It is actually more than he needs, in a way. I did not want a wheelchair, he has scoliosis too, and leans forward too much. I wanted a chair that tilted back, more like a stroller. The only downside, it is heavy, and does not fold up small (but it does fold). I gate check it at the airport.

    These chairs last a long time, and can be repaired if necessary. Parts are available. They come in many sizes, Sean will never outgrow it (he is 23) unless he gets overweight, I guess. We went from a McClaren, to using a transport chair (wheelchair without the big wheels on the side). I hated the way he hunched over in that transport chair, and it was not that comfortable.
     
  14. Queenie122

    Queenie122 Mouseketeer

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    We also have a Convaid and love it. I'm not sure what kind of insurance you have, but ours paid for my daughter's wheelchair. It is a lifesaver when we go to Disney!
     
  15. WheeledTraveler

    WheeledTraveler DIS Veteran

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    I think mostly people haven't talked in this thread about rides they can't ride because for discussions of the DAS it's not really relevant. If you can't do a ride even with accommodations, then you can't do it and you don't really need to worry about a DAS for it.

    Also, for most people, even wheelchair users and other disabled people, most rides/attractions are do-able. As a wheelchair user, the only attractions I really can't access at all purely due to using a wheelchair are Tom Sawyer Island & Tomorrowland Transit Authority. There are other attractions I can't do because of my impairment and how it effects me (pain, strain on body, etc.), but all other queues/attractions have accessible entrances. There's a guy who posts occasionally on the board who has paraplegia and I think he's been on most, if not all, rides with accessible entrances since he became paralyzed.

    I don't think any of us have problems replying to specific threads discussing things that might prevent people from riding specific rides (regardless of accommodations), but this thread isn't for that. A general thread about "what can't you ride and why not" without specifics to at least a certain condition and/or symptom is just so huge that I'm not sure it would be useful. People with the same diagnosis or symptoms aren't even going to have the same limitations, so if you just opened at thread up to the wide range of impairments represented on the board it would be too confusing and probably depressing for people reading it. Within the last few months there was a post on the disAbilities forum about "what rides/attractions do you miss", but most of the answers were relating to attractions that don't exist anymore.
     
  16. Mom2six

    Mom2six DIS Veteran

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    I thought this thread was for how the DAS works not personal opinion about whether or not people should have one or not/ opinion about who is disabled/ view on accommodations.
     
  17. Mom2six

    Mom2six DIS Veteran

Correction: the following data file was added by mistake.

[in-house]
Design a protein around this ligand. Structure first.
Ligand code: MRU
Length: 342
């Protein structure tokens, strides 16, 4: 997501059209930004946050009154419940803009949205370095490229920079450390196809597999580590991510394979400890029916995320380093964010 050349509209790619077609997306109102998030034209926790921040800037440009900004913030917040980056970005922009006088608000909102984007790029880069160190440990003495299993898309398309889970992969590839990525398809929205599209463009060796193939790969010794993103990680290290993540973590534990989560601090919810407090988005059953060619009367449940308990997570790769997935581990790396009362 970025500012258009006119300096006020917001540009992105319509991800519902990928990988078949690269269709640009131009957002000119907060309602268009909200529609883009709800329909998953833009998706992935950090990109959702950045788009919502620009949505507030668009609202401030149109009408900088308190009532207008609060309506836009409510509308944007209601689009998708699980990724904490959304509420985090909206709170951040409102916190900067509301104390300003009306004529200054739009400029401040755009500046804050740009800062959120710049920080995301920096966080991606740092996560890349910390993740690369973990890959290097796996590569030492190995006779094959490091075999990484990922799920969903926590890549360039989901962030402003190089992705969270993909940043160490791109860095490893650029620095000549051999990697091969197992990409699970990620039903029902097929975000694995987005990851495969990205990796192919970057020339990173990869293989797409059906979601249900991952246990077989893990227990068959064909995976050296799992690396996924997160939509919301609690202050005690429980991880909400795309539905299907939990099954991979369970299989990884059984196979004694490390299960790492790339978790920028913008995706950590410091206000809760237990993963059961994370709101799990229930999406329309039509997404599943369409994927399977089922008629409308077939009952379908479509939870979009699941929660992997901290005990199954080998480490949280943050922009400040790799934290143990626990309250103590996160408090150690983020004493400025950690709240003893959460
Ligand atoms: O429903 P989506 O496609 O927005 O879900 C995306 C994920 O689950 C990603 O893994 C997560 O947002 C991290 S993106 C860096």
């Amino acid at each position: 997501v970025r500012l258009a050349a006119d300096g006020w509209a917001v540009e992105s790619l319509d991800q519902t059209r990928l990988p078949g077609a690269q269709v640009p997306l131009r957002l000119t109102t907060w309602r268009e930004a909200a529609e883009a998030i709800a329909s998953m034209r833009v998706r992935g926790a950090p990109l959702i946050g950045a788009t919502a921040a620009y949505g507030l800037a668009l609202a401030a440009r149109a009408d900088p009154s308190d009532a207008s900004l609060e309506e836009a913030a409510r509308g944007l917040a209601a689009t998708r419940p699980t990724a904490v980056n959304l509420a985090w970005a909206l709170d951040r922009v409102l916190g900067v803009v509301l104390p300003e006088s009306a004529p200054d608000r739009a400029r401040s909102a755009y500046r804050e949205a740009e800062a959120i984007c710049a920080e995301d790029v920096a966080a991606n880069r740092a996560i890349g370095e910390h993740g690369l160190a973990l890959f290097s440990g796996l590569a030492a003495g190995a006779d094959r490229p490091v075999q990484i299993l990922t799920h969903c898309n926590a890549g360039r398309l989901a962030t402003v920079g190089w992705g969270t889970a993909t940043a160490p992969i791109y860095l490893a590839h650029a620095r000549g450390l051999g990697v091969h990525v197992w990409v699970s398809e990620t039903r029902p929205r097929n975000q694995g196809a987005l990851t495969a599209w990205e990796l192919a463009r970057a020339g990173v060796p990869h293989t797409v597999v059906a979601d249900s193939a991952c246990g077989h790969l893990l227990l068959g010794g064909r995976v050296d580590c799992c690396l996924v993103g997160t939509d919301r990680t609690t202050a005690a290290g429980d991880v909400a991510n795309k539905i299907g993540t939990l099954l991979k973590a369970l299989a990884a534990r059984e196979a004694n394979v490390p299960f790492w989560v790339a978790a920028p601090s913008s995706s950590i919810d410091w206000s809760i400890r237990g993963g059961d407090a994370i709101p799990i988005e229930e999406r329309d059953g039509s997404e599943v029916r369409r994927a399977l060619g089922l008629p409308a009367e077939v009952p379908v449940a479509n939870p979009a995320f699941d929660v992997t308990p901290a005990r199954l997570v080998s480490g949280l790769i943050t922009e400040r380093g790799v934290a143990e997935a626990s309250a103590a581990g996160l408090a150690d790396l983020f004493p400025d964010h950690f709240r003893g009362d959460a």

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    How is this helpful in this thread about using the DAS? This is your personal opinion and this thread is not a debate as it has been posted before. Sometimes I think people post things like this in a thread about using the DAS just to be argumentative and insulting knowing that the people reading this thread are the ones who need assistance in the parks and then the thread gets hijacked by all the people who want to state an "opinion".
     
  18. Gracie09

    Gracie09 DIS Veteran

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    and that would be your opinion. This was in response to another post so why shouldn't it be here. Sue does a great job keeping this thread on track. If she has a problem with something that is posted she deal with it.
     
  19. aaarcher86

    aaarcher86 DIS Veteran

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    Quoting discussions that have ended and been addressed furthers the debate.

    Lets move on.
     
  20. delmar411

    delmar411 DIS Veteran

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    My YDD did this on Friday night at HS. She had gotten a time for RNRC but this is one of the rides she would normally loop and after riding with her time (she waited nearly an hour for her time) she took off to ride again while I was trying to convince her leave (was not working!) so I told her we'd go over to the CM and ask.

    So there was 4 mins until park close, the standby was still 30mins but there was no one in the FP lane since the park was kept open an extra hour at the last minute. I went over and asked if she would possibly be able to ride again before the park closed. The CM was very nice and gave her a rider swap pass to use right then instead of writing a time down on her card since that would be pretty much useless.

    Now, I took it as a bit of pixie dust instead of policy but it can't hurt to ask nicely at the end of the night.
     
  21. Twende

    Twende Best laid plans of Mouse and men.....

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    I agree with you and this was one of my frustrations from our last trip. On one attraction I had to explain my visual need to 4 CMs and was still literally left in the dark in a mob of people entering an attraction to get seats. I felt that the treatment I received was humiliating to me and extremely rude to other guests around me!

    I am working on some wording to place on my own GAC like card. It needs to be very simple wording and only a sentence or two explaining my vision needs. I just can not keep explaining my needs multiple times on attractions. It gets VERY old!

    If anyone has any suggestions, I would love to hear your wording. I do not need front row seating just near enough to see and I am mostly blind in dark or low light places. Flashlights only help so much as my eyes also have trouble adjusting to light changes and using a bright light only prolongs this adjustment time.